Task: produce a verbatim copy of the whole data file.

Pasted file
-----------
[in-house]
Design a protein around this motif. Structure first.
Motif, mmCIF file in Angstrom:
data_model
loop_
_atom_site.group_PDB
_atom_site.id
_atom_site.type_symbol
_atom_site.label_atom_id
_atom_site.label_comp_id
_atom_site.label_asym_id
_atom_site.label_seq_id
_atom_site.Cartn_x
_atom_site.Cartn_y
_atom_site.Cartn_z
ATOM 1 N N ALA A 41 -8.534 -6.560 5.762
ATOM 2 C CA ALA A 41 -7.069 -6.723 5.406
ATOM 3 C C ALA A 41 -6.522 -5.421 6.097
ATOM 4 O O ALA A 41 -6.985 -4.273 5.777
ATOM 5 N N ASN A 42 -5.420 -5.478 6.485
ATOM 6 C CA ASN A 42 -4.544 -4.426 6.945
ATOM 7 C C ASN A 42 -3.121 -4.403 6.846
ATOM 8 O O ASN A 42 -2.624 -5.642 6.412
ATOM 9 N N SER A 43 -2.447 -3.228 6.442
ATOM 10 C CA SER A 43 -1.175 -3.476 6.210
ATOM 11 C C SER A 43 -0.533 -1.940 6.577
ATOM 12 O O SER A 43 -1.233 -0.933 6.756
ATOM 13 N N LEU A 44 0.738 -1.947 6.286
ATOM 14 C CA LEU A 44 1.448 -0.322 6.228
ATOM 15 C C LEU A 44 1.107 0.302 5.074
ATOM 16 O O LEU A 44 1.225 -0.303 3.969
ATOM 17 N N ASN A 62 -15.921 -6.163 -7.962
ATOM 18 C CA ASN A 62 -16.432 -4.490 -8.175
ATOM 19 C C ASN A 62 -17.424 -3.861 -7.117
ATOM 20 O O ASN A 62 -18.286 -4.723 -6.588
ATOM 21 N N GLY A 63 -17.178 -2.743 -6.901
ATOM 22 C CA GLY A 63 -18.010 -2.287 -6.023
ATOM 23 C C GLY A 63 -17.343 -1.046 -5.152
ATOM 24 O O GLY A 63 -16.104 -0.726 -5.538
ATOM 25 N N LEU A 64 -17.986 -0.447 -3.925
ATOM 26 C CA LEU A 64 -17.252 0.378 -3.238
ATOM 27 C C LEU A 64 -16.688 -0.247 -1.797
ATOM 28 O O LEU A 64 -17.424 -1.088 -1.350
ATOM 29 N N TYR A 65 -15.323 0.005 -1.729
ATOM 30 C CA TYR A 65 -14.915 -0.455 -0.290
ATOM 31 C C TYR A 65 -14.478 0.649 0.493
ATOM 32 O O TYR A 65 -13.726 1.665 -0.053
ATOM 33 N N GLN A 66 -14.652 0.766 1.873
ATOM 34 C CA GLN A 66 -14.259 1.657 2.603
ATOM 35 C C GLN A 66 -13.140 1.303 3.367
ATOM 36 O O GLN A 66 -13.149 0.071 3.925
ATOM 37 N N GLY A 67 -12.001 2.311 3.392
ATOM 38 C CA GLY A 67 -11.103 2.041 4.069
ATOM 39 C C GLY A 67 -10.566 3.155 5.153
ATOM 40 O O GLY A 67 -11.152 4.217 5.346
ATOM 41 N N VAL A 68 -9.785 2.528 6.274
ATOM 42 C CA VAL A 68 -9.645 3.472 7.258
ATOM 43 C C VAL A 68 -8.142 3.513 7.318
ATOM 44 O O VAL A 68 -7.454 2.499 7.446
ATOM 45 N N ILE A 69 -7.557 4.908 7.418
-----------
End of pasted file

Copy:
[in-house]
Design a protein around this motif. Structure first.
Motif, mmCIF file in Angstrom:
data_model
loop_
_atom_site.group_PDB
_atom_site.id
_atom_site.type_symbol
_atom_site.label_atom_id
_atom_site.label_comp_id
_atom_site.label_asym_id
_atom_site.label_seq_id
_atom_site.Cartn_x
_atom_site.Cartn_y
_atom_site.Cartn_z
ATOM 1 N N ALA A 41 -8.534 -6.560 5.762
ATOM 2 C CA ALA A 41 -7.069 -6.723 5.406
ATOM 3 C C ALA A 41 -6.522 -5.421 6.097
ATOM 4 O O ALA A 41 -6.985 -4.273 5.777
ATOM 5 N N ASN A 42 -5.420 -5.478 6.485
ATOM 6 C CA ASN A 42 -4.544 -4.426 6.945
ATOM 7 C C ASN A 42 -3.121 -4.403 6.846
ATOM 8 O O ASN A 42 -2.624 -5.642 6.412
ATOM 9 N N SER A 43 -2.447 -3.228 6.442
ATOM 10 C CA SER A 43 -1.175 -3.476 6.210
ATOM 11 C C SER A 43 -0.533 -1.940 6.577
ATOM 12 O O SER A 43 -1.233 -0.933 6.756
ATOM 13 N N LEU A 44 0.738 -1.947 6.286
ATOM 14 C CA LEU A 44 1.448 -0.322 6.228
ATOM 15 C C LEU A 44 1.107 0.302 5.074
ATOM 16 O O LEU A 44 1.225 -0.303 3.969
ATOM 17 N N ASN A 62 -15.921 -6.163 -7.962
ATOM 18 C CA ASN A 62 -16.432 -4.490 -8.175
ATOM 19 C C ASN A 62 -17.424 -3.861 -7.117
ATOM 20 O O ASN A 62 -18.286 -4.723 -6.588
ATOM 21 N N GLY A 63 -17.178 -2.743 -6.901
ATOM 22 C CA GLY A 63 -18.010 -2.287 -6.023
ATOM 23 C C GLY A 63 -17.343 -1.046 -5.152
ATOM 24 O O GLY A 63 -16.104 -0.726 -5.538
ATOM 25 N N LEU A 64 -17.986 -0.447 -3.925
ATOM 26 C CA LEU A 64 -17.252 0.378 -3.238
ATOM 27 C C LEU A 64 -16.688 -0.247 -1.797
ATOM 28 O O LEU A 64 -17.424 -1.088 -1.350
ATOM 29 N N TYR A 65 -15.323 0.005 -1.729
ATOM 30 C CA TYR A 65 -14.915 -0.455 -0.290
ATOM 31 C C TYR A 65 -14.478 0.649 0.493
ATOM 32 O O TYR A 65 -13.726 1.665 -0.053
ATOM 33 N N GLN A 66 -14.652 0.766 1.873
ATOM 34 C CA GLN A 66 -14.259 1.657 2.603
ATOM 35 C C GLN A 66 -13.140 1.303 3.367
ATOM 36 O O GLN A 66 -13.149 0.071 3.925
ATOM 37 N N GLY A 67 -12.001 2.311 3.392
ATOM 38 C CA GLY A 67 -11.103 2.041 4.069
ATOM 39 C C GLY A 67 -10.566 3.155 5.153
ATOM 40 O O GLY A 67 -11.152 4.217 5.346
ATOM 41 N N VAL A 68 -9.785 2.528 6.274
ATOM 42 C CA VAL A 68 -9.645 3.472 7.258
ATOM 43 C C VAL A 68 -8.142 3.513 7.318
ATOM 44 O O VAL A 68 -7.454 2.499 7.446
ATOM 45 N N ILE A 69 -7.557 4.908 7.418